No one buys a sound system without putting it through its sonic paces. But, which tracks provide the best way to test your speakers on your own? Well, there’s really no right answer. Of course you want them to sound good playing your favourite tracks. However, if you want to really put your speakers through the musical gauntlet, in this article we will detail some tracks that our pros might use to bring out the various capabilities of the systems that we build. This is by no means a definitive list, but rather some track suggestions you may not be familiar with, or hadn’t thought of. That being said, when testing speakers using any digital track as a reference, try to find the highest resolution possible (HDTracks.com has an extensive catalogue), and use songs with strong mastering and good separation between vocals, instruments and other sounds.
First, let’s talk about tracks that are just plain well-recorded. Tracks like these often feature warm, round low ends, and clean high ends. In music, this often means bass guitars with presence, rich rhythm sections, and clear top end motifs. It also usually means they’re from an artist known to be meticulous with his or her sound.
How about some tracks with wide dynamic ranges? These tracks will give you the separation between instruments that are the hallmarks of the best sound engineers in the business, resulting in sound that makes any system sound bigger than it is, enveloping its listeners in sound.
A good live album can go a long way in showcasing a sound system’s ability to handle the little nuances that come with live recordings without turning them into noisy distractions. If you find yourself lost in the etherial soundscape that is Carnegie Hall’s acoustics, then your system is doing its job.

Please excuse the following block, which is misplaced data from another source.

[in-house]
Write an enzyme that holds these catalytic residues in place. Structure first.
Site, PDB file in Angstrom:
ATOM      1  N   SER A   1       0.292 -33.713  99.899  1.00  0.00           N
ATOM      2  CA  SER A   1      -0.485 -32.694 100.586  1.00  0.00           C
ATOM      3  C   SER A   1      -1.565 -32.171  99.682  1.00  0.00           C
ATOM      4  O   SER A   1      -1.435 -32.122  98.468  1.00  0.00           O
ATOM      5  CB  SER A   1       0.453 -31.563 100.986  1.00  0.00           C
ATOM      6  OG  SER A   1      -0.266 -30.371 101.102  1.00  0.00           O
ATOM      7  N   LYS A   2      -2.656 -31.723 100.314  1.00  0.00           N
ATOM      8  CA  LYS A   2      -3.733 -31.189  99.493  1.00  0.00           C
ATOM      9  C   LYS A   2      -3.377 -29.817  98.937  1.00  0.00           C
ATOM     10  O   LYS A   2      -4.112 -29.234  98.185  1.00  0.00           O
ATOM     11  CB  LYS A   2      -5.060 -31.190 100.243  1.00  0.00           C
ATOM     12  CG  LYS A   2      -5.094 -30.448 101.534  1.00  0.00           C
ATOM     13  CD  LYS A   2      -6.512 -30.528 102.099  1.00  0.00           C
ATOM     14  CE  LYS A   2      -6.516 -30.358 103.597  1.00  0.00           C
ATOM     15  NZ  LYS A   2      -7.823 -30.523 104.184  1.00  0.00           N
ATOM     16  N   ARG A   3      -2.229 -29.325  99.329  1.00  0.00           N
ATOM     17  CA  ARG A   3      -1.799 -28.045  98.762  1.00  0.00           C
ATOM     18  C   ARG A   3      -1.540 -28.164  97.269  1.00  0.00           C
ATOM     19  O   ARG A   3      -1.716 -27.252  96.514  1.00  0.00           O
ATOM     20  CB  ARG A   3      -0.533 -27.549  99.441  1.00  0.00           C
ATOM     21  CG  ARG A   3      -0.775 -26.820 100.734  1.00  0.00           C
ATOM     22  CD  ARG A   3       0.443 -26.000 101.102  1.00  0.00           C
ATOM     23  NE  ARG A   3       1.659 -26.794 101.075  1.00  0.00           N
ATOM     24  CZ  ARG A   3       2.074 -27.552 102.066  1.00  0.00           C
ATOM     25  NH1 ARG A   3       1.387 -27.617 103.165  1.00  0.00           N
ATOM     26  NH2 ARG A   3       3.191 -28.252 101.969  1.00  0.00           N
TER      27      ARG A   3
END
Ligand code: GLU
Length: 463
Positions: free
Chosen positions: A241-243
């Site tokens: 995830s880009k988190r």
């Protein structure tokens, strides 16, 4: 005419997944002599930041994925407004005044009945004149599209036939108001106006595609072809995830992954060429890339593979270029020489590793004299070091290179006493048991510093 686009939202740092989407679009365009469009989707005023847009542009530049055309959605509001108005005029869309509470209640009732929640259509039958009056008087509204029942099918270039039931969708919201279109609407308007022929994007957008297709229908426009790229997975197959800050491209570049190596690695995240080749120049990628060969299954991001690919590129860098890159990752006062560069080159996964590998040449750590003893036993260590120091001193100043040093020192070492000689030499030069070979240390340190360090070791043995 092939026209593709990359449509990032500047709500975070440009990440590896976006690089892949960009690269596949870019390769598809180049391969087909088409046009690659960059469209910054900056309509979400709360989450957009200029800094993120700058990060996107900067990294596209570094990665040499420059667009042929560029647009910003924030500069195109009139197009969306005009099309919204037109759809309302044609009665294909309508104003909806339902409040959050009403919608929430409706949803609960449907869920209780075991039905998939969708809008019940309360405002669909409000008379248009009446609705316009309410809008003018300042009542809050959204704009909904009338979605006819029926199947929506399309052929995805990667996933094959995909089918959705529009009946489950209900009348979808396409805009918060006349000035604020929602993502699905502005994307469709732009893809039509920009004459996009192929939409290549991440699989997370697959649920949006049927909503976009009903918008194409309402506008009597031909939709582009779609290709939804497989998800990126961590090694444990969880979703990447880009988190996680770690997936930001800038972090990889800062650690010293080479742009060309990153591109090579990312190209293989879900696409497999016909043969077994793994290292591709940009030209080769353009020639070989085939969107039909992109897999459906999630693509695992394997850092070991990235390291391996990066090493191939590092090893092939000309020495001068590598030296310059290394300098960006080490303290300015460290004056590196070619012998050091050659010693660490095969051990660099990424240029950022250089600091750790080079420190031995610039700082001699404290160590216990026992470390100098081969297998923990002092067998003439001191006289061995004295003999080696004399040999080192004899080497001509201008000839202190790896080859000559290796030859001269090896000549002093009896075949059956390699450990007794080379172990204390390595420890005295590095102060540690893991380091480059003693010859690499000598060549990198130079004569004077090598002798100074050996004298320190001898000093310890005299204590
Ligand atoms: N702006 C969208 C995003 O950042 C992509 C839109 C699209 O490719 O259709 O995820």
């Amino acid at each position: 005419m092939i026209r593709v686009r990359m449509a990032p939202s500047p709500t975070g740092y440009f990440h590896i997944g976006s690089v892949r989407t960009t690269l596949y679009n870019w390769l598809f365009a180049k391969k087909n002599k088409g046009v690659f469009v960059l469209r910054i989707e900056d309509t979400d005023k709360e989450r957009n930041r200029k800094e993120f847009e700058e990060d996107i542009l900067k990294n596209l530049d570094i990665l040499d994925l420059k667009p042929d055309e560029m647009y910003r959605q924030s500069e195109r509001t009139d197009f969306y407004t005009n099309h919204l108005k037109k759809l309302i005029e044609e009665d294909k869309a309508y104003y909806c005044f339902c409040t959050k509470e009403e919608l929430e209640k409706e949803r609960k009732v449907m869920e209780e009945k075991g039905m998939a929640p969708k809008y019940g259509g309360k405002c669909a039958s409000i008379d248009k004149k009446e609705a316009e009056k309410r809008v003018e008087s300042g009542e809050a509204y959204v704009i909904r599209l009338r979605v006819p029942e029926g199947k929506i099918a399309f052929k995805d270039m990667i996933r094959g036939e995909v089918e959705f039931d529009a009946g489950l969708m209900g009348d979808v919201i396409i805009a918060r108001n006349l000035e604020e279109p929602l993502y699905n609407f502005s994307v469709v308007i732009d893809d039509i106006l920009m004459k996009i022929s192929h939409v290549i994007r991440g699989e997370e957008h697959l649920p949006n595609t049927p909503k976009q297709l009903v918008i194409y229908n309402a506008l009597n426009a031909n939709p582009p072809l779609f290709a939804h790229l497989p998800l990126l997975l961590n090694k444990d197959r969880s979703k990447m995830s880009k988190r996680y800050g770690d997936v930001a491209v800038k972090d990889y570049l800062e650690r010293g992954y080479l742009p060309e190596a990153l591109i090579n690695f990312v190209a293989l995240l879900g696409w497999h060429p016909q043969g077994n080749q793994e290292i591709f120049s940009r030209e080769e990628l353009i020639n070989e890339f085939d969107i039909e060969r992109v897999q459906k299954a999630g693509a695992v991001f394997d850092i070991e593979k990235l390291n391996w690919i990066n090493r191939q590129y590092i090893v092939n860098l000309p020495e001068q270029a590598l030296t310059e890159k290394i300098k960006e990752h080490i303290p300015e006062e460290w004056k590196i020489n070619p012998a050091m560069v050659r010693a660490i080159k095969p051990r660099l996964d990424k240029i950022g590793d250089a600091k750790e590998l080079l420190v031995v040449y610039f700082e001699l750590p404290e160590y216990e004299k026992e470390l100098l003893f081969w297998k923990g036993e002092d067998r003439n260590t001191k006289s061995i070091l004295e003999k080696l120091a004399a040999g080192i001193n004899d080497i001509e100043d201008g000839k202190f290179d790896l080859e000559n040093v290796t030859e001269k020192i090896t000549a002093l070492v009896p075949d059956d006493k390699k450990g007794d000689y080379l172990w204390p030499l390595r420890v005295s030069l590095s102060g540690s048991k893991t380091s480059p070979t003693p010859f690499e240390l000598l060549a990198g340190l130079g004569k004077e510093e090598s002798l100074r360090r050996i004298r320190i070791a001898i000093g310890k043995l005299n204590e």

Classical and jazz albums show off your system’s high end, especially when it comes to tweeter and mid-range performance. Testing speakers with any acoustic music provides a real test to see if they can produce natural, organic sounds. Can your speakers trick you into thinking that the instruments are in the room? If they can, then you’ve got something. Here are some recordings that will put that kind of performance at the forefront.
Let’s face it, nothing beats a great vocal. The human voice is an unparalleled instrument that can convey emotion of which no other instrument is capable. The best examples will be anyone with a clear, defined voice that sits above the instrumentation in recordings with little reverb applied to the vocal track.
Lastly, let’s talk about bass. Nothing brings out midrange and subwoofer capacity for handling the low end like tracks featuring modern bass. When testing speakers with these tracks, look for warm, round tones when it comes to R&B, rock, and acoustic recordings, and tight, even sounds with electronic bass and kick drums.
For more ideas on tracks to use to test your speakers, check out this Reddit thread from r/audiophile: https://www.reddit.com/r/audiophile/comments/1wadb4/what_song_do_you_use_to_test_audio_equipment/
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